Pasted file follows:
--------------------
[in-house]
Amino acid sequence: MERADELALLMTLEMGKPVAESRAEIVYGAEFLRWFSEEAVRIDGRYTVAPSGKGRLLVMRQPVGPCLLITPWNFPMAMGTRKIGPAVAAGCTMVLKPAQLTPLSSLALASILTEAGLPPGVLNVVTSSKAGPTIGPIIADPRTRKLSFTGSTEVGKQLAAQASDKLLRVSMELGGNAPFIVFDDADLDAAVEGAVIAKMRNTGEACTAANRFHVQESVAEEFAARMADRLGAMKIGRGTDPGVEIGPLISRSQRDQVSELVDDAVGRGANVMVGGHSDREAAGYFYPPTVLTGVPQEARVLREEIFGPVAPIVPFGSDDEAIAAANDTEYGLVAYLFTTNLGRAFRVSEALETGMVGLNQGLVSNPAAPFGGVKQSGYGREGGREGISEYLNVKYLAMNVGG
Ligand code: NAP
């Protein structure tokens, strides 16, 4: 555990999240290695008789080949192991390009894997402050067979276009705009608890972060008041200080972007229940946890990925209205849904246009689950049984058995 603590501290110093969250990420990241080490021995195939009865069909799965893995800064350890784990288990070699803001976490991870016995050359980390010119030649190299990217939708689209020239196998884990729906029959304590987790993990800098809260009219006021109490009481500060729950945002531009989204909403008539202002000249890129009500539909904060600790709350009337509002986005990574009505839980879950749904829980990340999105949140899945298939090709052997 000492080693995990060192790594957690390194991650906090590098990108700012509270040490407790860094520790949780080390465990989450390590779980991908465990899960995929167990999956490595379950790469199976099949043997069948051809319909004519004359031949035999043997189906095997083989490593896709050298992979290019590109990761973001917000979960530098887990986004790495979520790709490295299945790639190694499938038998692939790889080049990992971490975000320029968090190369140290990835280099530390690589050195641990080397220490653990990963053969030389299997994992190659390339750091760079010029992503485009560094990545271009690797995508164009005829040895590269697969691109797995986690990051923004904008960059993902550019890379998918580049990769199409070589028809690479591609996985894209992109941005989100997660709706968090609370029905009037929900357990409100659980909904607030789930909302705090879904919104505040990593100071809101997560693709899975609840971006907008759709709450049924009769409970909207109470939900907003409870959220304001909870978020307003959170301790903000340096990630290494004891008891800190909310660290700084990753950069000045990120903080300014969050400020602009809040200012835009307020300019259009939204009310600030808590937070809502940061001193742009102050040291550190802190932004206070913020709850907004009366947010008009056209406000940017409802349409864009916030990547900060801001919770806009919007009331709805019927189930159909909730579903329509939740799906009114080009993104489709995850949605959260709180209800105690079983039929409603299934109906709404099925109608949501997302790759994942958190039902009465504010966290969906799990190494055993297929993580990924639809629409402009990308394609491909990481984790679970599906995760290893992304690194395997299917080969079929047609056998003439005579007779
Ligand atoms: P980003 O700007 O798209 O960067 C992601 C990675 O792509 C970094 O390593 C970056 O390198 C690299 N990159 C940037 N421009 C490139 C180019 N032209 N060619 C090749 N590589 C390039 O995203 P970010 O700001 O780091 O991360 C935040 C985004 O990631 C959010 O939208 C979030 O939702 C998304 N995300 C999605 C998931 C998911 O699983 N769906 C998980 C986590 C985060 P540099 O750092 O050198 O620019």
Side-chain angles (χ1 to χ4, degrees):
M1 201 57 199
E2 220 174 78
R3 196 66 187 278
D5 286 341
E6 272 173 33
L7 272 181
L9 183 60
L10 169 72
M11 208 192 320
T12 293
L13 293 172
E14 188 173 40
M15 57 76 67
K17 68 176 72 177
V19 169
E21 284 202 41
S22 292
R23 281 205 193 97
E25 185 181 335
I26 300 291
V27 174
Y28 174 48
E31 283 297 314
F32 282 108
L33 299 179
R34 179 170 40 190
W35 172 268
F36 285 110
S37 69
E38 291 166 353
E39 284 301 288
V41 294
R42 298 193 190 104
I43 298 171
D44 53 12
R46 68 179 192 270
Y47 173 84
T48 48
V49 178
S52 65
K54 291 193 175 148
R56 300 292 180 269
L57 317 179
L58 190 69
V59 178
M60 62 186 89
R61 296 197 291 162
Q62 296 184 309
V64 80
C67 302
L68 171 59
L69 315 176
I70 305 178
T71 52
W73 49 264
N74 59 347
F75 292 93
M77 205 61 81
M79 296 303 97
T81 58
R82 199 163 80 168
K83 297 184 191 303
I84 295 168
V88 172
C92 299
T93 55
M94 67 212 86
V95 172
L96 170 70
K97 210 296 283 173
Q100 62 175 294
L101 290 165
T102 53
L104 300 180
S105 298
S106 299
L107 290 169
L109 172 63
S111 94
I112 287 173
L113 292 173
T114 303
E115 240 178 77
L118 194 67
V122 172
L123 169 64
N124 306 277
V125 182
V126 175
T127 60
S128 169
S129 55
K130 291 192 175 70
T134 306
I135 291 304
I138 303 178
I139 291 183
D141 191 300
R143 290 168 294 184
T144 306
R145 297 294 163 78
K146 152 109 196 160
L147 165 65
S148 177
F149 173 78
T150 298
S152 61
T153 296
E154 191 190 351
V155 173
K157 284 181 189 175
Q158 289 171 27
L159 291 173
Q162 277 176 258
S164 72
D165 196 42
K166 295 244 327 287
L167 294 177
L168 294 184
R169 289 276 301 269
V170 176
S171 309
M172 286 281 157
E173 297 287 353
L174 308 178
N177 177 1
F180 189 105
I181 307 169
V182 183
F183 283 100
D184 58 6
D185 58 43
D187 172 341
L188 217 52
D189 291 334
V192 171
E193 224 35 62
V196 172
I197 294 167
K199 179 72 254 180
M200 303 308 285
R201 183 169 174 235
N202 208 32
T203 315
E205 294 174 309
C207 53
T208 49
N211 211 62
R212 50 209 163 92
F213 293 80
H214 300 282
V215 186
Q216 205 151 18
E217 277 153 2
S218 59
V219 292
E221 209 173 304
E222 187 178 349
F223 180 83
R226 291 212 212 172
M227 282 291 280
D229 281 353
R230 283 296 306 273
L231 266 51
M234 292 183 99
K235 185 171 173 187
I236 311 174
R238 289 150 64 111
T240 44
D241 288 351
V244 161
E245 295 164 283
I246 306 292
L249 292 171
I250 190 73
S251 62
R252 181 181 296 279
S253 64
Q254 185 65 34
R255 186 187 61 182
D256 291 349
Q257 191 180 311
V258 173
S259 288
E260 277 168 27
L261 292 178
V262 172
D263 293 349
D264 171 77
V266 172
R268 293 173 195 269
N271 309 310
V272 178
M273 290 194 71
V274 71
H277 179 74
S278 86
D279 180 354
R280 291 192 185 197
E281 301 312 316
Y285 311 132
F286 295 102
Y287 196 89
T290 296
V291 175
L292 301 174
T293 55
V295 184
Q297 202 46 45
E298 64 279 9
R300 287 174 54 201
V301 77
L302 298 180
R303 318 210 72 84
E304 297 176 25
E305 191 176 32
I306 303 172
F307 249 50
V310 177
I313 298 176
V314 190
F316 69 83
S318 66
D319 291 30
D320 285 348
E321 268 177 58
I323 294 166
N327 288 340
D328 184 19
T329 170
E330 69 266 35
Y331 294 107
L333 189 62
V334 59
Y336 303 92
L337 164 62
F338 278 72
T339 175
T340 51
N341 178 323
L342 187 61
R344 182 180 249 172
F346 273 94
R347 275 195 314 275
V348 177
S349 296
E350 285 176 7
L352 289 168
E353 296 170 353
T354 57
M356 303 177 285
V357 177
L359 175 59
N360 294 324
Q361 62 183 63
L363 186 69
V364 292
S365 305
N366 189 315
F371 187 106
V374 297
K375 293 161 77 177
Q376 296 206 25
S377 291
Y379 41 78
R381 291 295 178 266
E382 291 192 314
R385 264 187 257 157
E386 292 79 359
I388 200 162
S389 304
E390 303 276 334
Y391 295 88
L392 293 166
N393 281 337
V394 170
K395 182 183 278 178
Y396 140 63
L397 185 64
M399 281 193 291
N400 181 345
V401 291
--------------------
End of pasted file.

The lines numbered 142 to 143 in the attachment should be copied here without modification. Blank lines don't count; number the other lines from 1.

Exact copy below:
V192 171
E193 224 35 62